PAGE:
A GLOBAL BUSINESS
Children are our most precious resource -- and, like most precious resources, they are traded across borders. As more parents have adopted babies from abroad over the past decade, the international market for children has boomed: in 2001, some 34,000 children -- mainly from Asia and central and eastern Europe -- found new homes in western Europe and North America.
With 9.5 million children now languishing in developing-world orphanages, there are many more opportunities to create loving families across borders. Yet, because the demand for infants from poor countries is rising among adults who live in wealthy ones, corruption has distorted the baby trade. Unscrupulous go-betweens buy or abduct infants from needy biological parents and sell them to eager adoptive families.
Facilitating the placement of orphaned children while attacking the corruption that accompanies it will be a fine balancing act. A free market for babies is out of the question: while infants can fetch a high price, they are not, and should never be treated as, commodities. But banning adoptions from countries that tolerate corrupt adoption rings is no solution either. Moratoriums have been imposed on adoptions from Cambodia and Romania, for example, but they only succeeded in denying orphans there a chance to find families while shifting the demand to new suppliers such as Russia and China.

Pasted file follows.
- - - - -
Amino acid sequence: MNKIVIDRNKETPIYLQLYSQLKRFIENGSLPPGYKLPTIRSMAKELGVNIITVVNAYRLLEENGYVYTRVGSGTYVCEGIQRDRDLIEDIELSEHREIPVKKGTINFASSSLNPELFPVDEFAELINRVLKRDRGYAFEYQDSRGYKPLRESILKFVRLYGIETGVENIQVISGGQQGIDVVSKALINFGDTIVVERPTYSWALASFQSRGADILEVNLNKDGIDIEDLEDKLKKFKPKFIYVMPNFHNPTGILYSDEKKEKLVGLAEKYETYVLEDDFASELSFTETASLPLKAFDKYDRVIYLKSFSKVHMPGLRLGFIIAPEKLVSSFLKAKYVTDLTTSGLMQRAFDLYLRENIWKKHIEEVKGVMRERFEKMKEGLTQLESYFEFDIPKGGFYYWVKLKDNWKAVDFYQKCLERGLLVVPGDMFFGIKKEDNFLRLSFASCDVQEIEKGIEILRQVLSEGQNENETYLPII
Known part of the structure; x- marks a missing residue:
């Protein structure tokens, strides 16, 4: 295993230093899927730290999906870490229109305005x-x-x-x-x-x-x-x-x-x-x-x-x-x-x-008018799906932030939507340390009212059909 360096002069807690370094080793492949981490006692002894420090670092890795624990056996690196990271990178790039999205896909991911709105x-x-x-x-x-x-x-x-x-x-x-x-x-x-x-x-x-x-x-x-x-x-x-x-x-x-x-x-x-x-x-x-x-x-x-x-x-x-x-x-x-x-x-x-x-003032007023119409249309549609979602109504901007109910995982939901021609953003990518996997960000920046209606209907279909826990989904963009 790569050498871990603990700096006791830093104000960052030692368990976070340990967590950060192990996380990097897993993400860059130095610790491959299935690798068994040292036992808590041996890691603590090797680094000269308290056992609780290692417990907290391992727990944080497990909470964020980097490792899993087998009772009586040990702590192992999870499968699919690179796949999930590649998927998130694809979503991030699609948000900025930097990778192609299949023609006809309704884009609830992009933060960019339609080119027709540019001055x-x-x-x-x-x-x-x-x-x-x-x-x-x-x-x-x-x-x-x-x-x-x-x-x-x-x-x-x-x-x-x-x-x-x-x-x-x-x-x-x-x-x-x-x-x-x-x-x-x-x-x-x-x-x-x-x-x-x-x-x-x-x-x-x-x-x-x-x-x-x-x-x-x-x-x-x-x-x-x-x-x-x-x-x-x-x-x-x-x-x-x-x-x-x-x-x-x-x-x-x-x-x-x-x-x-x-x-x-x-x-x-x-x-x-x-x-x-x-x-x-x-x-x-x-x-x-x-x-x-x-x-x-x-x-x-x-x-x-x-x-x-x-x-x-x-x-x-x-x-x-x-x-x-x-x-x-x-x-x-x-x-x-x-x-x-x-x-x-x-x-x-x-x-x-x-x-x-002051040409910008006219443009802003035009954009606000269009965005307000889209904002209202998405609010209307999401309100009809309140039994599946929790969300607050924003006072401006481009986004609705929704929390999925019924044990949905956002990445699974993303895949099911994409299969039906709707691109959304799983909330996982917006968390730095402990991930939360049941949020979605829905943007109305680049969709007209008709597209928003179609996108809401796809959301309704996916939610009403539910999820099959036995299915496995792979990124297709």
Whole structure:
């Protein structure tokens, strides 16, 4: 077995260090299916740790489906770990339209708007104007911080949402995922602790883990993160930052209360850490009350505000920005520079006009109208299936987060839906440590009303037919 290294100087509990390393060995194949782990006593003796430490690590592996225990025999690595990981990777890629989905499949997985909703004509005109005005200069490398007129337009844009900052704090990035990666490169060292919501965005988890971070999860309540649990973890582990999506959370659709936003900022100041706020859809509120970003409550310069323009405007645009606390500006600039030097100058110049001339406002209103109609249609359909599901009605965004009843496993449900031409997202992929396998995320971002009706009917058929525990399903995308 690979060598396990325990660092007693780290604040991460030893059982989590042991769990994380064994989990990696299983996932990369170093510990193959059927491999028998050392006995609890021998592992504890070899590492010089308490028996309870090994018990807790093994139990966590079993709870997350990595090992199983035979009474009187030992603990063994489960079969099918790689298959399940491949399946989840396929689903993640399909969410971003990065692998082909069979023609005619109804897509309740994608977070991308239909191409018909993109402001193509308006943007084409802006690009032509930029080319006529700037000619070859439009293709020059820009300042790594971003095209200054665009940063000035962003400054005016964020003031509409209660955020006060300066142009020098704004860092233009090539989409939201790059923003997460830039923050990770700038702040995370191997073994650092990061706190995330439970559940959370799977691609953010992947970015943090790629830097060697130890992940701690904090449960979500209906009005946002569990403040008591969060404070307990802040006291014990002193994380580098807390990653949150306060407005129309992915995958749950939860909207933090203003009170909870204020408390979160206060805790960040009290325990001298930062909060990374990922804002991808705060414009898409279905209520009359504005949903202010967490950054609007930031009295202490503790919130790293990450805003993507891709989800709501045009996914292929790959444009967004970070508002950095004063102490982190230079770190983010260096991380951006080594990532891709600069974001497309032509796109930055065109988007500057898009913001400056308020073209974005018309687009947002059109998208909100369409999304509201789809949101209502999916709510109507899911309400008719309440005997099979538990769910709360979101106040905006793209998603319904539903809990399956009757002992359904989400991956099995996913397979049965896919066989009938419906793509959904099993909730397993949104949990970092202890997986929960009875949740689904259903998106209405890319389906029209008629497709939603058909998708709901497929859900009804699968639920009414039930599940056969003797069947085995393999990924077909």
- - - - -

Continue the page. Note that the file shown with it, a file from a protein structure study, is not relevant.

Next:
A more promising course would be to reinforce the multilateral legal regime that regulates global adoption. The Hague Convention on Protection of Children and Cooperation in Respect of Intercountry Adoption, now in force in 54 countries, requires states to facilitate international adoptions while stamping out exploitation. Strengthening this regime is essential to the well-being of orphans and to the parents who would receive them. But doing so will require more diplomatic pressure, more foreign aid, and more political courage in confronting traffickers than the international community has yet mustered.
Historically, international adoption has sprouted in the aftermath of wars. After World War II, American families adopted European orphans, chiefly from Germany, Italy,
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